Holly, Colo. Eric Jensen surveys his dusty cantaloupe field and seems equally stunned and puzzled at the fate that has befallen his crop: row upon row of melons rotting on the vine.
Jensen is the co-owner of the Colorado farm where health officials say a national listeria outbreak originated, making his withering fields the epicenter of a food scare that has sickened dozens of people from Wyoming to Maryland and caused as many as 17 deaths.
The farm has recalled more than 300,000 cases of cantaloupes and on Thursday three states — Indiana, Louisiana and Wisconsin — were added to the recall list. Spokeswoman Amy Philpott said that trucking records show that cantaloupes originally intended for other locations ended up in those states but that the buyers were notified as part of the original Sept. 14 recall.
Jensen has no idea how his cantaloupes became infected, and neither do the Food and Drug Administration investigators who have intermittently been in this town of 800 people near the Kansas border since the outbreak started earlier this month.
Regardless of how it happened, the situation has left the town and farm reeling and in fear. Jensen had to quit growing and shipping cantaloupes after the outbreak was discovered — a staggering blow to a region where cantaloupe has always been a proud local tradition.
Until the listeria infections started showing up, Holly’s field workers would bring melons into town to share, just as they have for generations. And it wasn’t uncommon for Holly residents to stop by Jensen Farms to buy freshly picked cantaloupe. Now, not even the local grocery store has any of the fruit.
No one in Holly has been sickened, but people are frightened by the prospect of contracting listeria. The bacteria can have an incubation period of a month or more, and it principally affects the elderly and those with compromised immune systems.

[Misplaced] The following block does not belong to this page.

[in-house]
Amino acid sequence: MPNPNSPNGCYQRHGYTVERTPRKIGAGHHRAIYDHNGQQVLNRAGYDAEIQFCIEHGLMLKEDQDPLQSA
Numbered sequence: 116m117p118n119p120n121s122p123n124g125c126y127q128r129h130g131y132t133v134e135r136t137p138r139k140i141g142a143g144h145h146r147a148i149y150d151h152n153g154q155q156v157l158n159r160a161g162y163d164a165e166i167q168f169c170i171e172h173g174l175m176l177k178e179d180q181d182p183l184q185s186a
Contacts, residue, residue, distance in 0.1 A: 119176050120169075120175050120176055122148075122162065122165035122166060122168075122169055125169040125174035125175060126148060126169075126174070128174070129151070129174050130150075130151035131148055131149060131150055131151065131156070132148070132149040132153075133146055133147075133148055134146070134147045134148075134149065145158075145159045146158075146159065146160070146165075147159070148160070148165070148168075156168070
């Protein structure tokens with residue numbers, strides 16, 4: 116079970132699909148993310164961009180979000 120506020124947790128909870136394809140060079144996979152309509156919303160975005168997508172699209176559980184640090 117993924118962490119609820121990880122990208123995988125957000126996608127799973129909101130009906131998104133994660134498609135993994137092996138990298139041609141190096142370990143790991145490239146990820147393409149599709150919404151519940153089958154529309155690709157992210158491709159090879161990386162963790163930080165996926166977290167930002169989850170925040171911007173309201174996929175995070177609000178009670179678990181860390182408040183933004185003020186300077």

“I ate that cantaloupe, and I gave some of it to my 97-year-old mother,’” said Wanda Watson, co-owner of the Tasty House Cafe. “I’m watching her real close. It’s scary because it could be up to two months before you get sick.”
Sherri McGarry, a senior adviser in the FDA’s Office of Foods, said the agency is looking at the farm’s water supply and the possibility that animals wandered into Jensen Farms’ fields, among other things, in trying to figure out how the cantaloupes became contaminated. Listeria bacteria grow in moist, muddy conditions and are often carried by animals.
The water supply for farms in the Holly area comes from wells and irrigation ditches that tap the nearby Arkansas River. There’s no shortage of thoughts around town about the potential causes.
“Well water? I doubt it. Ditch water? Well, there’s some probability, but it’s low,” said Jim Cline, a retired construction worker. “Animal intrusion? Well, OK, what kind of animal? Deer? Coons? Coyotes? What kind of animal wants to get into a melon field?”
At Jensen Farms, workers have stopped picking cantaloupes because of a recall of its product. There’s no need to irrigate the crop anymore, and the melons are drying up in the rock-hard fields. As Eric Jensen surveyed his lost crop, workers ripped up plastic that’s laid down in rows to help the cantaloupe grow.
He could not discuss the outbreak, citing a likely raft of pending litigation.
“There are a lot of things I’d like to say right now, but now is not the time,” Jensen said.